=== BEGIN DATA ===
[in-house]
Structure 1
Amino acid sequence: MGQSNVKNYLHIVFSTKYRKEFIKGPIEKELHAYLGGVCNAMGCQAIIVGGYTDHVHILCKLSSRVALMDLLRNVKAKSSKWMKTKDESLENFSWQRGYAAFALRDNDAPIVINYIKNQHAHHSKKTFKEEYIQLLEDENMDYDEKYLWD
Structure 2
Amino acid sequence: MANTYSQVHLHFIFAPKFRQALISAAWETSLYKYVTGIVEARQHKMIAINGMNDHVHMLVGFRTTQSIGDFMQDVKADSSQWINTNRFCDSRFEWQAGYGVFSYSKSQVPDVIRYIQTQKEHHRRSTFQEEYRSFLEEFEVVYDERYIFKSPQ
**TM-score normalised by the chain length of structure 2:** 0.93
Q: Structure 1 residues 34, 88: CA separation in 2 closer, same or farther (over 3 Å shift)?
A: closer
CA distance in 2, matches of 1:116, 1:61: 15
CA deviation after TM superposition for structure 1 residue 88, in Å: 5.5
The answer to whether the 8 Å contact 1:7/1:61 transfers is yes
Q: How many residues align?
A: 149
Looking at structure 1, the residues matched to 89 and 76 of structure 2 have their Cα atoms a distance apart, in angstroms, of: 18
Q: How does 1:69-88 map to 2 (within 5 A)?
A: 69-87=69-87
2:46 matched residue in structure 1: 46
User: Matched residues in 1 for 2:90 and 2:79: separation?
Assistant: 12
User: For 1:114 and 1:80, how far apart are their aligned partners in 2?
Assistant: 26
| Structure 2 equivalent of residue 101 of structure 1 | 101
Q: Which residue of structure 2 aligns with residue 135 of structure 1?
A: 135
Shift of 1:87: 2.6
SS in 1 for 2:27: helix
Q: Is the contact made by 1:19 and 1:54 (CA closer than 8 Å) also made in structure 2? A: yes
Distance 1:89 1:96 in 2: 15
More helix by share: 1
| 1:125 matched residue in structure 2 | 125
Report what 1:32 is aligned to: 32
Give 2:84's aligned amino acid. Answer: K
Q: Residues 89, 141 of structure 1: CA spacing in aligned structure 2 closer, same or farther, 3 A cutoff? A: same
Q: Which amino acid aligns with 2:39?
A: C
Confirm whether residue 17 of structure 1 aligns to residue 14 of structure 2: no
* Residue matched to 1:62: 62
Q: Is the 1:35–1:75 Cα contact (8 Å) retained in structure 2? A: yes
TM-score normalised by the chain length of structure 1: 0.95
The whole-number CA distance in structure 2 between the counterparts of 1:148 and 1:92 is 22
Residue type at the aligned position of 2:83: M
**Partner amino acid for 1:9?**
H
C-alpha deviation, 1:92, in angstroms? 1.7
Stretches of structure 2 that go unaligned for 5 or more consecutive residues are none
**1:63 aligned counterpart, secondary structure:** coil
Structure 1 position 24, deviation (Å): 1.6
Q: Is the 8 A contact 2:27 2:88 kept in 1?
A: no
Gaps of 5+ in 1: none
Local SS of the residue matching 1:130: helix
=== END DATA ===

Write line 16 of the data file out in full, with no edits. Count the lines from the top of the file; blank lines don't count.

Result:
A: 69-87=69-87